The three fluffy call ducks at the Fort Wayne Children’s Zoo’s Indiana Family Farm have a busy life. When they’re not swimming, socializing, eating, or partaking in enrichment activities, our ducks participate in training sessions with their zoo keeper.
Why do we train our ducks?
“Target training gives the animals more choice and control, which reduces stress on them,” says zoo keeper Maggie Sipe. Sipe trains the call ducks by rewarding them for choosing to target specific objects or stand in designated spots. “Call ducks can see color very well,” says Sipe, “and our training teaches them to move toward a specific color. This is useful when the animals must move indoors due to weather or for medical checkups. The ducks can choose to move into a crate and would not need to be chased or handled.”
The three male ducks, named Sheldon, Leonard, and Howard after a popular T.V. show, eagerly waddle toward their zoo keeper when it’s time for a training session. “I’m proud of how well these three boys are doing,” says Sipe of the trio’s training efforts, “they are very good at targeting their own colors.”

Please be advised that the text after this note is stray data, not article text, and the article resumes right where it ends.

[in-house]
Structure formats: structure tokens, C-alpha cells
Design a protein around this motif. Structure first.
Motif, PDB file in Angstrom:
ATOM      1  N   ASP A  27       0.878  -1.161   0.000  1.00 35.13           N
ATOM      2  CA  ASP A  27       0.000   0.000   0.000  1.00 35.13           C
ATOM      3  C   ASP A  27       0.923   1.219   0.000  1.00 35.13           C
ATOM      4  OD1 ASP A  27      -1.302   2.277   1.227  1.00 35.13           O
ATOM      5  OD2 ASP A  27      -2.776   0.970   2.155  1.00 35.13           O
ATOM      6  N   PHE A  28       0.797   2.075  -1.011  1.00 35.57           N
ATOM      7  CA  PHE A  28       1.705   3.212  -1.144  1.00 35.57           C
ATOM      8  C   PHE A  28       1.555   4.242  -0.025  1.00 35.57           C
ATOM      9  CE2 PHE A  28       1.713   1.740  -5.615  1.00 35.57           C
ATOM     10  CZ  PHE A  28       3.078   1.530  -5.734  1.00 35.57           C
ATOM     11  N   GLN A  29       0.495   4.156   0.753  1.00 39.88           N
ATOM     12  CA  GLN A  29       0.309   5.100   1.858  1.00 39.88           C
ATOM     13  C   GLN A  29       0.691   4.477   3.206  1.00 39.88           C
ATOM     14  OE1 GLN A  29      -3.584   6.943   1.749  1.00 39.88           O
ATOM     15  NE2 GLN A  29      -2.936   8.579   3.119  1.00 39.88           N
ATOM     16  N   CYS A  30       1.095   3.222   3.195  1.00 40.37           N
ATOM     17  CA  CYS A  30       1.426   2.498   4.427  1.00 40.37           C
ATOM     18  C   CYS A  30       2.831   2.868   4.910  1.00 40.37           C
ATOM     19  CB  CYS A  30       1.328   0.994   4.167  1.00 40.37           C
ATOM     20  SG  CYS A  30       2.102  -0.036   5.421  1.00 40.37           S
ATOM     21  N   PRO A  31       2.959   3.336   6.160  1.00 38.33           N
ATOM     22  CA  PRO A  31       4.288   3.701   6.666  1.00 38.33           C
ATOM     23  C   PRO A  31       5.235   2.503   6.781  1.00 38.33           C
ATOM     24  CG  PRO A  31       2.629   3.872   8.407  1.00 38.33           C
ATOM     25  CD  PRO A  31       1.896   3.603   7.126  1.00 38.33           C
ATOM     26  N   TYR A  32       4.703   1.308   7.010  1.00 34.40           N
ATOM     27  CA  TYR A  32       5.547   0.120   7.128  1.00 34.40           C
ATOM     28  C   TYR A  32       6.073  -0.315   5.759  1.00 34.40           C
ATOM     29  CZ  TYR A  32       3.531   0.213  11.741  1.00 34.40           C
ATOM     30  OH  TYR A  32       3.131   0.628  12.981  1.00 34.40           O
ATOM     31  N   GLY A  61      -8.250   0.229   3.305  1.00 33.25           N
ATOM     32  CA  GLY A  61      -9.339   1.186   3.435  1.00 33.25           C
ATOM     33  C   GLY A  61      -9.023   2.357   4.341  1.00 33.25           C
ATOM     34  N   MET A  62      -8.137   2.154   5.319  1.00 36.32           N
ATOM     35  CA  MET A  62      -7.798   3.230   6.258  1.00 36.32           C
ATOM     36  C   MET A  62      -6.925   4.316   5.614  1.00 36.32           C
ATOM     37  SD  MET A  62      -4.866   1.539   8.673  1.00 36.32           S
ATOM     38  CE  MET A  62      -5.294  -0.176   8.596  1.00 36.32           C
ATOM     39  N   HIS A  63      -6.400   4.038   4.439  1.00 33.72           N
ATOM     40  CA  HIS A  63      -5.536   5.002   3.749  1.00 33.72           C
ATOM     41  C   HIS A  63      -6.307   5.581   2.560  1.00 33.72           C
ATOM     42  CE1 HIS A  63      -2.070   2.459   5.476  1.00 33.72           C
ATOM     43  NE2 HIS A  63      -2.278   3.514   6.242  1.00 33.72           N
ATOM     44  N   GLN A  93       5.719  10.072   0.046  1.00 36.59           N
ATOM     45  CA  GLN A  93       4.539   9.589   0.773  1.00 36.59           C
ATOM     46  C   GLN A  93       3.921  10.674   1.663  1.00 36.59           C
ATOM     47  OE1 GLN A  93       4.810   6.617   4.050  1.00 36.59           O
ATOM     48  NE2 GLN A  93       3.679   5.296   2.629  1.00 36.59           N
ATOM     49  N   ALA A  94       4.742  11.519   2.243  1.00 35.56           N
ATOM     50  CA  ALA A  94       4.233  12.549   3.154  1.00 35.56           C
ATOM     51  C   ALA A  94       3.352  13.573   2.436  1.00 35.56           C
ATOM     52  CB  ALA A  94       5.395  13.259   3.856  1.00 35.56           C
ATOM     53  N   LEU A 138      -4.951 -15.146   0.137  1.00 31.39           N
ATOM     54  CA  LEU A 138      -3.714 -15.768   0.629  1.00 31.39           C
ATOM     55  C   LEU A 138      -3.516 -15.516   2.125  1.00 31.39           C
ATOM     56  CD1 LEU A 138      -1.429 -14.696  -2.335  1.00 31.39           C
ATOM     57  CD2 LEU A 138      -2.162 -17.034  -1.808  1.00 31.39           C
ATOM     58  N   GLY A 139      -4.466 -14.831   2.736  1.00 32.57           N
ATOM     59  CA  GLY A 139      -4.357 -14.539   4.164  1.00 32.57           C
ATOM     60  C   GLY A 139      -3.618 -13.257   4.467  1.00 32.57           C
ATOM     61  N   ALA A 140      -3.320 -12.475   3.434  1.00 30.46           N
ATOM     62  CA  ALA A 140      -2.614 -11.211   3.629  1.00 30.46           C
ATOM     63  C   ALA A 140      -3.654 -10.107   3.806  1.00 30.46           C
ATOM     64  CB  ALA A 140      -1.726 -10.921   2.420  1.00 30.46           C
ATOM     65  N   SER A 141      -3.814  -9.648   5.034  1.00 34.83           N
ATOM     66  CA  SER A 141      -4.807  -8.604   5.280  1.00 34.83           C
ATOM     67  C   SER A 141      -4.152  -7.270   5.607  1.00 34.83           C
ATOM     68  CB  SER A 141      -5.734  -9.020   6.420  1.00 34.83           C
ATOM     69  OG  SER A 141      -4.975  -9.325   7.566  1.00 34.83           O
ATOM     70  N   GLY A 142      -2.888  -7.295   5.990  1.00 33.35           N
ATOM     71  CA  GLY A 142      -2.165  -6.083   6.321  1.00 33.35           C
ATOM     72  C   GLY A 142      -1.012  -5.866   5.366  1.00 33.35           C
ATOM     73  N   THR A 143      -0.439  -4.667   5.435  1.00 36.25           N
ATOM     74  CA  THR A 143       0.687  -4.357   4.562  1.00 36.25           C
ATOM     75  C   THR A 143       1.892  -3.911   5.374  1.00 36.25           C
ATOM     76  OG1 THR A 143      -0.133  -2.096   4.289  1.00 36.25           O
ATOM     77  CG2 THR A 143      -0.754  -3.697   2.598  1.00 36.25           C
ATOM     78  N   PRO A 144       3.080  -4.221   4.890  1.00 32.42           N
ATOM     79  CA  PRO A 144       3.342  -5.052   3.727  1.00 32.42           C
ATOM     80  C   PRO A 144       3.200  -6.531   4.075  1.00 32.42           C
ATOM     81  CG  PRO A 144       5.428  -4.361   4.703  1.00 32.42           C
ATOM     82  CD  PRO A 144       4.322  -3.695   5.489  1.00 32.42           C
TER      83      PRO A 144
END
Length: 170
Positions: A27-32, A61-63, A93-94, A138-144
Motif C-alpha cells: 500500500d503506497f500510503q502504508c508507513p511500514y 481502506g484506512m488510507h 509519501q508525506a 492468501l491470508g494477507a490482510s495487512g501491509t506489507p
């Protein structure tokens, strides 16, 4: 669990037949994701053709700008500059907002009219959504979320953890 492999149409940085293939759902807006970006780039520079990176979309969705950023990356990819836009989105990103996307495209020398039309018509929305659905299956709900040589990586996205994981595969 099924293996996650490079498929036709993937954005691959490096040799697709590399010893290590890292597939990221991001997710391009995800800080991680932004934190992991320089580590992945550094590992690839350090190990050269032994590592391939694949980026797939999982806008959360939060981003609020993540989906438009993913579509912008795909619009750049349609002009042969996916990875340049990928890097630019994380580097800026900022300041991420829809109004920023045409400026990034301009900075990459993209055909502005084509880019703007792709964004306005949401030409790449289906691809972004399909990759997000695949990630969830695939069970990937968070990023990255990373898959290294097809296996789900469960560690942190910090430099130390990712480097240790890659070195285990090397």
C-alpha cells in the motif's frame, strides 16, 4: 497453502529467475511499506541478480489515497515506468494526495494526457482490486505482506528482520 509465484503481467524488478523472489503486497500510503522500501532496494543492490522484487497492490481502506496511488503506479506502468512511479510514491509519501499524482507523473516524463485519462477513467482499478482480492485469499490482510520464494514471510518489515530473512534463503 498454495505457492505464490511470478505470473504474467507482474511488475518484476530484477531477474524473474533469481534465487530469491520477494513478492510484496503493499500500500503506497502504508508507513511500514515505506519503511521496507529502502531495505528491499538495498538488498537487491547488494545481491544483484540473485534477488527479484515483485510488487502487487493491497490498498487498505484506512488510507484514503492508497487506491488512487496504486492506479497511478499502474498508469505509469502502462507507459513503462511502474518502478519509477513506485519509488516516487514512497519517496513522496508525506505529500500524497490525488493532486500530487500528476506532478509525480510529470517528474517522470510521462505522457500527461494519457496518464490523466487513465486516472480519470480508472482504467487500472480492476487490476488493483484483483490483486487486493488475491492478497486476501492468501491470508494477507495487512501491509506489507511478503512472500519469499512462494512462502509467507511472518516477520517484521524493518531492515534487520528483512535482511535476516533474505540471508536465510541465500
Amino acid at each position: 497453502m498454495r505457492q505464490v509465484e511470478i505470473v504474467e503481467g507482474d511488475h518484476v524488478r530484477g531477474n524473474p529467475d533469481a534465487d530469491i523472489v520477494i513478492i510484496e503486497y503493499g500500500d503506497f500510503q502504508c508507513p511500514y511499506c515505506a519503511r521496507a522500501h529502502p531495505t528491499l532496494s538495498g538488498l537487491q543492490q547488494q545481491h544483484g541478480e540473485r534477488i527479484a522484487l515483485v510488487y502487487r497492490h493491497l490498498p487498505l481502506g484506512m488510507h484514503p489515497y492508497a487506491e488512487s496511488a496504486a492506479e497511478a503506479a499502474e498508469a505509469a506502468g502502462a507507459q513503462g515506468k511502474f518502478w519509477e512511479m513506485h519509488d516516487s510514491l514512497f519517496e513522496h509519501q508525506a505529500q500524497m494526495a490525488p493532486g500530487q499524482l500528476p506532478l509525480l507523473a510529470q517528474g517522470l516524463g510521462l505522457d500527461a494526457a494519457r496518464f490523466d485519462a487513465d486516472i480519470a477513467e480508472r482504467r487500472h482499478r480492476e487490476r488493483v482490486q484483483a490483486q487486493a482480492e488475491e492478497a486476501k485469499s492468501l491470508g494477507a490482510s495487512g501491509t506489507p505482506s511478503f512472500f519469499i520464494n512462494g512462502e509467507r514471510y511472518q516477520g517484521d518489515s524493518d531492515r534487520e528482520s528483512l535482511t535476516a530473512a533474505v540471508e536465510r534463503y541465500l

The zoo employs positive reinforcement when training animals. With positive reinforcement, zoo keepers offer a reward when an animal performs a desired behavior. The call ducks receive a reward when they move to a desired location or target their assigned color with their beaks.
Their reward is simple but effective. “I give them one green pea or a piece of corn when they perform a desired behavior,” says Sipe, “Those are the treats that motivate them.”
This video shows Sipe training Sheldon, Leonard, and Howard in their exhibit while zoo guests observed from the path:
The following photo set is from a recent indoor training session. (The ducks live indoors when the weather gets cold.) Click on the photos to enlarge: